I arrived at the city park just as the sun was rising, the mist still hanging low over the dew-covered grass. A uniformed officer in the parking lot pointed me toward a stand of trees at the back of the park where more patrol officers were clustered. Halfway there, I saw my homicide victim, hanging from a tree with a rope around her neck. One of her legs was suspended from the tree with another length of rope in what looked like a bizarre dance pose. As I got closer, I saw the woman was naked except for a piece of charred cloth stuck to her leg, which I later learned had been soaked in gasoline and lit on fire.
All fiction writers use real life experiences in their novels. It might be as simple as how a man’s voice sounded when overheard in a restaurant or the way a lover’s face looked before a kiss. After working a career with the Oakland police department, much of it in homicide, my experiences are a bit different from those of many writers.
I think the line that separates our real life experiences—those events writers draw upon in our writing—and the creative or made-up stuff is blurred. The farther back the memories are and the more we live in our fictional make-believe worlds, the fuzzier the line that separates the two becomes.
Thrill Kill, the second novel in my Detective Matt Sinclair series, opens with a fictional rendition of the scene I described above, which was a murder I investigated in 1989. That scene is permanently imprinted in my brain. Toward the end of the scene, my fictional detective fights to control his emotions—shock, anger, disgust, compassion. Did I experience similar feelings at that homicide scene years earlier? I don’t recall. Maybe I buried them to better do my job, just as my fictional detective was struggling to do, but when I wrote that passage in my novel inside the close point of view of Matt Sinclair, the emotions felt real.
As I wrote that opening scene in my novel, I set the story aside, tapped into the creative part of my writer’s brain, and created a fictional character with a rich backstory to inhabit the dead woman hanging from the tree. Still in my fictional mode, I got back into the story with the coroner’s deputies arriving and cutting the victim from the tree. My detective sees her face for the first time and my writer’s brain flips a switch.
I’m back in homicide more than twenty years ago. I was called to a motel that catered to drug dealers and hookers on a report of a dead woman in a room. She had no ID on her so I figured it would be twenty-four hours until the coroner could roll her prints and see if she was in the system. A dozen cops were there and canvasing the area for witnesses and information. They were apologetic about being unable to ID her, knowing that would delay my investigation a day. The coroner’s deputies flipped the body and I saw the face. I recognized her as Dawn Campadona, a street hooker I had arrested years earlier when I worked Vice.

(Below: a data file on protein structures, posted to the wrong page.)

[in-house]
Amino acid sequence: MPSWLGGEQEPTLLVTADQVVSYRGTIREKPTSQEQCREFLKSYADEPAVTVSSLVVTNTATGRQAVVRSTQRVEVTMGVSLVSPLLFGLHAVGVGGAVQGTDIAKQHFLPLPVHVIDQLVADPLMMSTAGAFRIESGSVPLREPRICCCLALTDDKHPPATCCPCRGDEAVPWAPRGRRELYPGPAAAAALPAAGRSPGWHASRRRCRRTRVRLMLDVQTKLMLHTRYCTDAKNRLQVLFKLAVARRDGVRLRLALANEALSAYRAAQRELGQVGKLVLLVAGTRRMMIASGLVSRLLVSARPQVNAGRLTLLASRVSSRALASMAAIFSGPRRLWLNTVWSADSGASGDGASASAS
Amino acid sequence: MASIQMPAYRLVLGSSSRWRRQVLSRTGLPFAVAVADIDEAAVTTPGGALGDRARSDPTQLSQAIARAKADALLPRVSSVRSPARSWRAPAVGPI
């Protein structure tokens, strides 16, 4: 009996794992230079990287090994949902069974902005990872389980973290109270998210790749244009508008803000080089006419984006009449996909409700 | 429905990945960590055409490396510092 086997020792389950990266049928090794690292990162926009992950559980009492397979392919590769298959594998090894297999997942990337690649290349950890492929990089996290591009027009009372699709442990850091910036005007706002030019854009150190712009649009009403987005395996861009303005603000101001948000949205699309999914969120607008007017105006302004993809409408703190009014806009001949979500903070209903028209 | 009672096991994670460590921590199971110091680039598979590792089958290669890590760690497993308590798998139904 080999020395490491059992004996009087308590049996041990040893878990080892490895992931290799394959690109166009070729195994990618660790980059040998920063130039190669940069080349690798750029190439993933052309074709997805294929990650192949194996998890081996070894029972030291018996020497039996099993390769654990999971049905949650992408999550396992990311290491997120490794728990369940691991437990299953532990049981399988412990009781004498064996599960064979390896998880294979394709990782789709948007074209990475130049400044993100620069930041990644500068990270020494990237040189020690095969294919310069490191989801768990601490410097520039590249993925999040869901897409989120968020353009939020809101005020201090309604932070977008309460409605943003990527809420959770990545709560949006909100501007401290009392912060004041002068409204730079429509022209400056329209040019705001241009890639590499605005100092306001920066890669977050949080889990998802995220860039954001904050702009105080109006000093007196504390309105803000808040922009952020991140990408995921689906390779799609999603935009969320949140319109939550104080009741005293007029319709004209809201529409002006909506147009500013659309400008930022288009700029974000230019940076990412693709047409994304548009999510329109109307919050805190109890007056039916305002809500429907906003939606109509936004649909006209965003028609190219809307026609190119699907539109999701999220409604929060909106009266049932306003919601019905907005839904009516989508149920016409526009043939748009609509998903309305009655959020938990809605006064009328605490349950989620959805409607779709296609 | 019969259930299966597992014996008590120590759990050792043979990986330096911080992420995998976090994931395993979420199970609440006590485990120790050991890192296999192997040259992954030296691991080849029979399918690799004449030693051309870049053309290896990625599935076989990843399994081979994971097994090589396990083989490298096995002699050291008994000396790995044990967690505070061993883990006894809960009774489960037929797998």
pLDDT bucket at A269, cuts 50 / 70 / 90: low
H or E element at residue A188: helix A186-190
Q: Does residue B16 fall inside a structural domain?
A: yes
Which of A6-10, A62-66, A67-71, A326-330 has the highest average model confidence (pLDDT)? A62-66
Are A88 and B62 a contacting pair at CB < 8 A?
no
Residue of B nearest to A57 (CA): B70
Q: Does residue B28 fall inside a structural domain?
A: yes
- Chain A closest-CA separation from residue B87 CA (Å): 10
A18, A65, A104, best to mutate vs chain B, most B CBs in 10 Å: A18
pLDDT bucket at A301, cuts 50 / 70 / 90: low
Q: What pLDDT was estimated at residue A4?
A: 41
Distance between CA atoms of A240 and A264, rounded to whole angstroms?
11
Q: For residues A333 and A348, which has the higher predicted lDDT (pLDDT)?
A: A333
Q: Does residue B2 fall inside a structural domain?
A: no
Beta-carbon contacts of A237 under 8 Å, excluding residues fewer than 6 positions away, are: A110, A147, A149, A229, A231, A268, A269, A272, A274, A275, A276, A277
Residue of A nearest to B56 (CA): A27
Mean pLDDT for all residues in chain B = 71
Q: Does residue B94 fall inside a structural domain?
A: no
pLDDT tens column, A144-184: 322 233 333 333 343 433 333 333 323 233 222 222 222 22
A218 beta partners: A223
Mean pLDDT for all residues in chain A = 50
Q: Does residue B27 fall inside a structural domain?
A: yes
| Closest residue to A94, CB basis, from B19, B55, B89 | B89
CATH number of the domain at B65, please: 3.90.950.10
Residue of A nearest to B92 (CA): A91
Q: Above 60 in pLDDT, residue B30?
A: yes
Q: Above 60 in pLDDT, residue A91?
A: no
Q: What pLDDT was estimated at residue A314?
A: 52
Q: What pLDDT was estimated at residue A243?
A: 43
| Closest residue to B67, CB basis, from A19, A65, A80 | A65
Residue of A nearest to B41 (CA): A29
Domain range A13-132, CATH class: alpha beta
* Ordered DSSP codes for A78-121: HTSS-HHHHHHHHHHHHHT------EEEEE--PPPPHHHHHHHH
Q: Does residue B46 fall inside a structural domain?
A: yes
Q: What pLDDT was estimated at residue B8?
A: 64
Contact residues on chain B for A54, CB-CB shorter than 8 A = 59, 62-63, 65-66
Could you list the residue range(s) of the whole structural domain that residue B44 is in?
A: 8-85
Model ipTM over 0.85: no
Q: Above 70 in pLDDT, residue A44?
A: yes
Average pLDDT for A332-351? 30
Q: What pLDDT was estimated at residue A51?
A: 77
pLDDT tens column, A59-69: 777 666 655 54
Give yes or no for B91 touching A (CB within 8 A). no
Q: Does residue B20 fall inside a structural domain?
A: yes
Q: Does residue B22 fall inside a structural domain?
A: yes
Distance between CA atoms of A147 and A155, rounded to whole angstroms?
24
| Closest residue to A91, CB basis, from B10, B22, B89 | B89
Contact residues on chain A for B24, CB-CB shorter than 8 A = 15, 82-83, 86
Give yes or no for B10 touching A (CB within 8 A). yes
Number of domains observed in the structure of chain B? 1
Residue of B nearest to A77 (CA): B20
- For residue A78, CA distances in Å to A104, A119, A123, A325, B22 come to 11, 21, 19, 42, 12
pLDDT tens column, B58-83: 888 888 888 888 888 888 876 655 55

I take that memory and fictionalize it so my detective recognizes her, the woman hanging from the tree, as someone he had arrested her years ago. I refer back to my character profile and change her first name to Dawn. All of a sudden, the darkness from the opening scene in the novel has a glimmer of light. Dawn was a pretty girl who had come to Oakland with a dream, only to die a death she didn’t deserve. In the novel, my detective is wondering—just as I possibly was when I saw the real Dawn lying there dead—if he might have done something differently when he arrested her years earlier that would’ve changed her fate. Real memory or fiction? I don’t know.
That is the way my novel takes form, flowing from memories of the past to make-believe—from the real world to fiction—from the familiar to the creative. As a writer, I’m successful when readers accept my make-believe story as something that feels real enough that it could have happened. Drawing on my past experiences and fictionalizing them gives my crime novels a level of authenticity—a sense of realism—that not many other crime writers can do.